Posted by Ami Brough - July 30, 2015
It has long been a debate often over a tumbler of this golden sprit ... is it 'whisky' or 'whiskey'?! For some, the debate is confusing.....it's the same thing isn't it? Well....not quite.
Whisky (we are in Scotland after all...more on this in a bit) comes from the Gaelic term usquebaugh (which differed between Scottish Gaelic and Irish Gaelic spellings) roughly translating as 'water of life' first appearing in written form in the 15th century...
But what about that 'e'....?
The spelling - whisky or whiskey - differs geographically based largely on heritage! During the 19th century, there was a significant difference in the taste and quality of the spirit. Determined to separate their product from the Scottish whisky, Irish distilleries added the crucial letter 'e'....but, as we know here in Scotland, this spirit embodies a wide range of flavours which can be appreciated by any whisky drinker making both Scottish and Irish whiskies popular the world round to a wide range of tastes!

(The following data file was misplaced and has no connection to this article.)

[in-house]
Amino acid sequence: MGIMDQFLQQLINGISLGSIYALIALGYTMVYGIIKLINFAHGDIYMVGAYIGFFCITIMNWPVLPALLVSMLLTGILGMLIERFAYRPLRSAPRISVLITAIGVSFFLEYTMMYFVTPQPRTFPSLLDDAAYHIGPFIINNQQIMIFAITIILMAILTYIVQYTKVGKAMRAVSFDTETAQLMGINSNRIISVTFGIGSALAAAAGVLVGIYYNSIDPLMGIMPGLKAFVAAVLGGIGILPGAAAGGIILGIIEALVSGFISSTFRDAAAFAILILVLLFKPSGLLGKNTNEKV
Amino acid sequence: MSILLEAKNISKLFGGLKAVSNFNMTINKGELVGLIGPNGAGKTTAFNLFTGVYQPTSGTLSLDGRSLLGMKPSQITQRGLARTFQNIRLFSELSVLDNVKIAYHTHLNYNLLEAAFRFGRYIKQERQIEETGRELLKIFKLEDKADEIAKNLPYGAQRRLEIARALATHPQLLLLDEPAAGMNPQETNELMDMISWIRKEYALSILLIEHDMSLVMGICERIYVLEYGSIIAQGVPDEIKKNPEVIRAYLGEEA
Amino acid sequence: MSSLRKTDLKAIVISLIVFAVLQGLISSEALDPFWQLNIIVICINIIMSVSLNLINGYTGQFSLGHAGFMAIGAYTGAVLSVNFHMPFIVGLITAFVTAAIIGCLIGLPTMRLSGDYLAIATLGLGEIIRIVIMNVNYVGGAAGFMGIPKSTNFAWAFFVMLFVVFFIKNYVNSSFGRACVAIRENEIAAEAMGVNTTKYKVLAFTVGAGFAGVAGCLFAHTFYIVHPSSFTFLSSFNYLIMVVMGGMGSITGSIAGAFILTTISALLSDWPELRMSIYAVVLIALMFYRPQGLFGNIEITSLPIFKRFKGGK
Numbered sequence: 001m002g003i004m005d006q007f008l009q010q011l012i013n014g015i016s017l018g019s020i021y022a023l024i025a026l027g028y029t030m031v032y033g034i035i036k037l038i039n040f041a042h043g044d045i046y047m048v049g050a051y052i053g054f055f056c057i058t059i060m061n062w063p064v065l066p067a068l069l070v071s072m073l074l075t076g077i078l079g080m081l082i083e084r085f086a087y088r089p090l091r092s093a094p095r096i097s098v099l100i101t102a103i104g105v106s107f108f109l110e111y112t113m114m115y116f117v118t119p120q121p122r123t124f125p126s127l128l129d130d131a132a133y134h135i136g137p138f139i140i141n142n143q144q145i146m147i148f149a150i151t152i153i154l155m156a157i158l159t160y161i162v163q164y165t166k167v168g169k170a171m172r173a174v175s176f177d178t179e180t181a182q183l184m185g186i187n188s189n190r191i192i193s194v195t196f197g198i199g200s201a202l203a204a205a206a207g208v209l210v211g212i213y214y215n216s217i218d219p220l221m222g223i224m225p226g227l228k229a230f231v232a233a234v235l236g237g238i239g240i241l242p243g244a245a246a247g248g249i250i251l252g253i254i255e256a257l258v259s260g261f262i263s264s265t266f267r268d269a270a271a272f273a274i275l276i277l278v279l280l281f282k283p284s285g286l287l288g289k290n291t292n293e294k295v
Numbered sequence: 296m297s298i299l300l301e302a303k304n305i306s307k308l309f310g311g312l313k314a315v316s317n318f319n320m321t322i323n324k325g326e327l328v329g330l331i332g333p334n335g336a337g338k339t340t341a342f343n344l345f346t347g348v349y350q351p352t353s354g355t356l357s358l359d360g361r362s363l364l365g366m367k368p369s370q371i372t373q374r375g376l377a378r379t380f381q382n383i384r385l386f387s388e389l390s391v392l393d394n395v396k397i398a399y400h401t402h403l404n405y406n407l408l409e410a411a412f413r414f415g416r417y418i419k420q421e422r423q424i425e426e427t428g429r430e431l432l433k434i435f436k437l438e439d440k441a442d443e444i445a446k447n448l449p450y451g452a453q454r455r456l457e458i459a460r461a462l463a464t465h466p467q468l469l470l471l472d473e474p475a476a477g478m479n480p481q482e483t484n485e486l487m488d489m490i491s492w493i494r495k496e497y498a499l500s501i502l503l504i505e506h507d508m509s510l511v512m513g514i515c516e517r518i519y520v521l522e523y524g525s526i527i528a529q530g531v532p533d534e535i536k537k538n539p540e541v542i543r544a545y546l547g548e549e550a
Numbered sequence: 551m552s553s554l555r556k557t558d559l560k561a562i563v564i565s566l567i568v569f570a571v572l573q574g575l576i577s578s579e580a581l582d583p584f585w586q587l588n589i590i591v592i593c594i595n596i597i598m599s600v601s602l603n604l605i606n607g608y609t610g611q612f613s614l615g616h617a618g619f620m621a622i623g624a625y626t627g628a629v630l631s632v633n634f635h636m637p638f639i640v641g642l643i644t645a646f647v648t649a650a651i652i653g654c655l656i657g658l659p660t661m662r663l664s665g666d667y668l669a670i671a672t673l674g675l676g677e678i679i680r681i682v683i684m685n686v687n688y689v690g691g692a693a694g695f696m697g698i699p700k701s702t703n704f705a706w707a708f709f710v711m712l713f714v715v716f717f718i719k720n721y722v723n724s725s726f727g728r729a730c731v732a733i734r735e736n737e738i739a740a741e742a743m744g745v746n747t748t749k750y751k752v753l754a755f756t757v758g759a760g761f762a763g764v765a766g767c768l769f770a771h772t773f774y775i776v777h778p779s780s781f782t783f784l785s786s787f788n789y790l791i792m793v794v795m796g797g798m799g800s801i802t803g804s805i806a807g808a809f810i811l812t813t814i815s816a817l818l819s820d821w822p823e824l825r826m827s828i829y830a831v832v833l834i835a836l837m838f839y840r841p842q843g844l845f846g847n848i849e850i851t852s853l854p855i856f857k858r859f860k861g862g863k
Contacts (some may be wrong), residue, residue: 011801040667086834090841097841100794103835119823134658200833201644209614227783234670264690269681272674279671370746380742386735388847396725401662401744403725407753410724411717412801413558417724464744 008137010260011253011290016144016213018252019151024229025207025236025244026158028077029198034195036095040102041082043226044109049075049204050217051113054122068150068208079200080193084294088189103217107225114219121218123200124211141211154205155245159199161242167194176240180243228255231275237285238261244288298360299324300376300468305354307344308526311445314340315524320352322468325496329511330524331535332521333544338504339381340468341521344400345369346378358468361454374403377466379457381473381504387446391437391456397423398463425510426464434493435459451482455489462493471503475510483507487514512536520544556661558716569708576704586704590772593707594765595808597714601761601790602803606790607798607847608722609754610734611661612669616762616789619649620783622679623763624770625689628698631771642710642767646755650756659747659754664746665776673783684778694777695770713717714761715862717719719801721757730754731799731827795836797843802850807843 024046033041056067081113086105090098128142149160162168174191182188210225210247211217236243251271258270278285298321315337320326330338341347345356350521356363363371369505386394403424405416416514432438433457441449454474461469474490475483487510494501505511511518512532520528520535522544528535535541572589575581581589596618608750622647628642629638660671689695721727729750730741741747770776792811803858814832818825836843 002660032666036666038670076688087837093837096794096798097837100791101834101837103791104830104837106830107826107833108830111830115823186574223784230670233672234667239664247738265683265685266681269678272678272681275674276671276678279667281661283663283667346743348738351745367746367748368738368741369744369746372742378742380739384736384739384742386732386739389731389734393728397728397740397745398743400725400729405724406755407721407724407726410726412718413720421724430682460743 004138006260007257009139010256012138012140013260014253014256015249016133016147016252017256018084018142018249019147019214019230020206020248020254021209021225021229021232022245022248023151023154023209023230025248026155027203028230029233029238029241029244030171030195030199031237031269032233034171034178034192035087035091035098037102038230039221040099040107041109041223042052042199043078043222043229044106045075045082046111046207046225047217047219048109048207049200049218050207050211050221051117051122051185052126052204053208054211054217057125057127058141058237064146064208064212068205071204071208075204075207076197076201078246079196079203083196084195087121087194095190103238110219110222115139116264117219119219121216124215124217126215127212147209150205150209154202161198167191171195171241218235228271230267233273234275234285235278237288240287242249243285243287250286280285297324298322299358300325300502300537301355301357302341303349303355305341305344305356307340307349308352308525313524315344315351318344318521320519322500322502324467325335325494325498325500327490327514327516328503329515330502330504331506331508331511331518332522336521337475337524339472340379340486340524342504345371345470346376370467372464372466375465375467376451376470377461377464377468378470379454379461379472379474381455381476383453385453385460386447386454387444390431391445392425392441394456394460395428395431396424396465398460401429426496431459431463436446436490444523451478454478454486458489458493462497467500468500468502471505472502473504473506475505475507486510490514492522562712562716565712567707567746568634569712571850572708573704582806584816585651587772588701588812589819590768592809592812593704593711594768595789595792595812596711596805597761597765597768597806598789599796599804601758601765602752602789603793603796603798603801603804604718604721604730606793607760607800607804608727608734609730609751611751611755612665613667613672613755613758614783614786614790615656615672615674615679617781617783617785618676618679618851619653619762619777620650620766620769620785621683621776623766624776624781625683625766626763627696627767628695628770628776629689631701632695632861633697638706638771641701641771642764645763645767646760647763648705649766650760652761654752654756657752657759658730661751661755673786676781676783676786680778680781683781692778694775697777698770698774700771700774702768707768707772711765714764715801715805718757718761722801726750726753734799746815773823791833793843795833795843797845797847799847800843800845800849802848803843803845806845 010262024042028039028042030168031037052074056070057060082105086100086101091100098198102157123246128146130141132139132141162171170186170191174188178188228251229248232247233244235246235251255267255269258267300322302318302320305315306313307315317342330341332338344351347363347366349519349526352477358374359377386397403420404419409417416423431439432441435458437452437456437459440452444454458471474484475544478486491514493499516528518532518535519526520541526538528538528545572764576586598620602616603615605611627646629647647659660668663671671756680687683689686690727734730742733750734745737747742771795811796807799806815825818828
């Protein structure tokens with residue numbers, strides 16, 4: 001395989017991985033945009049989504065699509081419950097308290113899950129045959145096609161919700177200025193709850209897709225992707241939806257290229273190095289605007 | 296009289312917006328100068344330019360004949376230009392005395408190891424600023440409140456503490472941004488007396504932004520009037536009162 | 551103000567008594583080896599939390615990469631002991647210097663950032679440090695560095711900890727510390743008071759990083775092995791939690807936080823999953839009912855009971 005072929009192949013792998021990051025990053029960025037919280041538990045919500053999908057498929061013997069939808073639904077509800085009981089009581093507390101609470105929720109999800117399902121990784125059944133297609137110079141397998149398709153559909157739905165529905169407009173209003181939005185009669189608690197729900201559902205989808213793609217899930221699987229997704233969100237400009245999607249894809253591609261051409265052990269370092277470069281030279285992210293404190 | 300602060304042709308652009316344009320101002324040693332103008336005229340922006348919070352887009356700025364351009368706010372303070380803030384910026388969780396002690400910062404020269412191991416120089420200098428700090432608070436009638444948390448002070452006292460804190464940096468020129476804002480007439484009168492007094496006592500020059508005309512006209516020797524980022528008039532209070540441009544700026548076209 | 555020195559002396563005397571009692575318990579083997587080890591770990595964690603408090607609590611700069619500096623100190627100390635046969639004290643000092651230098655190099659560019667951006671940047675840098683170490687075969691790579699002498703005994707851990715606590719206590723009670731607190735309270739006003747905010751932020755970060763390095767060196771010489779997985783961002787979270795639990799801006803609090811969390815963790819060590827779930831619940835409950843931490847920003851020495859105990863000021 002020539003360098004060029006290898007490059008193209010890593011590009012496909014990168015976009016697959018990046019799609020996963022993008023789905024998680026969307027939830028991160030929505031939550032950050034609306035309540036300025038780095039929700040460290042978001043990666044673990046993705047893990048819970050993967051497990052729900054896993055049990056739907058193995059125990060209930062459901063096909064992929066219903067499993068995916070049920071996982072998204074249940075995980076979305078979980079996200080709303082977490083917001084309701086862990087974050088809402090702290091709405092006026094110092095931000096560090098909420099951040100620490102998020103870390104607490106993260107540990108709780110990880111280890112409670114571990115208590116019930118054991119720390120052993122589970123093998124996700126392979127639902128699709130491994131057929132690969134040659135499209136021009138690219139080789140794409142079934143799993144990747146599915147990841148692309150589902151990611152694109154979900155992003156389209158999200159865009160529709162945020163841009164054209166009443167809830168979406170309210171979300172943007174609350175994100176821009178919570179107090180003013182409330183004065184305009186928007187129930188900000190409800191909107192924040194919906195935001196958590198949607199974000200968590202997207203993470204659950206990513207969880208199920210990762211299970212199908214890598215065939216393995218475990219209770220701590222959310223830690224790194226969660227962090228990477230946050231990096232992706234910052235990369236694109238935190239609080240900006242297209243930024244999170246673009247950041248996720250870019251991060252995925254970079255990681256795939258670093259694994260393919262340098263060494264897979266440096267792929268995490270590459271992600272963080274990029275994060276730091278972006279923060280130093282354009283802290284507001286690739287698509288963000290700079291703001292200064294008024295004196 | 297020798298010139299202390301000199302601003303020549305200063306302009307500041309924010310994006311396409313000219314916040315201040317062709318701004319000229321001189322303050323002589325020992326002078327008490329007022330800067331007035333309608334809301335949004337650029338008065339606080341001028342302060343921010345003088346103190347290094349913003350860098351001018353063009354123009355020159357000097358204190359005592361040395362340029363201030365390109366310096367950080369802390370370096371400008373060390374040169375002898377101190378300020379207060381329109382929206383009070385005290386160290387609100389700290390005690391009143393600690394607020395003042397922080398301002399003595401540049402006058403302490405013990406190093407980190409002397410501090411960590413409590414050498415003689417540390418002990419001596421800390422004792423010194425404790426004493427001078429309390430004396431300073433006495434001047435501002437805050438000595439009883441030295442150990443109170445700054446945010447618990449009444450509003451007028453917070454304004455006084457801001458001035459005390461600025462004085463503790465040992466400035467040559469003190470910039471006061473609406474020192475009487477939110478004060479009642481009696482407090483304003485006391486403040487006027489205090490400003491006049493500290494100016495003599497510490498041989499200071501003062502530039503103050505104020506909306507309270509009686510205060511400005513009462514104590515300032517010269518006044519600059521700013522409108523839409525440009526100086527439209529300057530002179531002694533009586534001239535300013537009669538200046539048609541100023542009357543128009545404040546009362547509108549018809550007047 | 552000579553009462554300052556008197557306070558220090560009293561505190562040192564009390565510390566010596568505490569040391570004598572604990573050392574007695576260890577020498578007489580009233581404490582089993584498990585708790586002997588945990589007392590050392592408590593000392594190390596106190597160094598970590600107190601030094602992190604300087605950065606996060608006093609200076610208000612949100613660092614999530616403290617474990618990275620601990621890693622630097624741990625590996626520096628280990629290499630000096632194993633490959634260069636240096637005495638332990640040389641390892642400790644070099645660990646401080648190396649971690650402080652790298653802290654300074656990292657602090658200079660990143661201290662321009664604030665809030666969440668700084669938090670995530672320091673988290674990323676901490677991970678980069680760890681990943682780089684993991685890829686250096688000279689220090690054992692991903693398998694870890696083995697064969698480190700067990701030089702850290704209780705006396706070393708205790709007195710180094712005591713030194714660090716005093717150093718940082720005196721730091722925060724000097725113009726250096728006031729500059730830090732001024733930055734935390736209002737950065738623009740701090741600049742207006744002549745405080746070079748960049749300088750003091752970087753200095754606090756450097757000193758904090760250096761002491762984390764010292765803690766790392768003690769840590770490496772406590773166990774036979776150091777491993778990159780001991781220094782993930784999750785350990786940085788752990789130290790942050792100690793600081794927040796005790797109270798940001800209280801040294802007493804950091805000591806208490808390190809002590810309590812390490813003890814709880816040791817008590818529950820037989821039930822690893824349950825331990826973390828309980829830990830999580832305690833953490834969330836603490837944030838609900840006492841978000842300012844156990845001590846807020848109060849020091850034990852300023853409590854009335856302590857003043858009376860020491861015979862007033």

And the rest, as they say, is history. To this day, distilleries following Irish traditions tend to favour spelling the spirit with an 'e' whilst the rest retain the original spelling 'whisky'. As a rule, whiskey (with the 'e') is used for the spirit when it is distilled in Ireland or America .......except for a few labels who give a nod to their Scottish roots with the legal spelling of 'whisky'. Elsewhere, 'whisky' reigns supreme (generally speaking that would be in Scotland, Canada, Australia, Japan, and most of mainland Europe)!
So how does one remember which is which? Luckily there's a wee aid for that....
- Countries that have E's in their names (United States and Ireland) tend to spell it whiskey (plural whiskeys)
- Countries without E's in their names (Canada, Scotland, and Japan) spell it whisky (plural whiskies)
Whew! Time for a drink.....built up a thirst for more? Why not pop by our Whisky & Gifts shop which is heaven for any whisky (and whiskey) aficionado!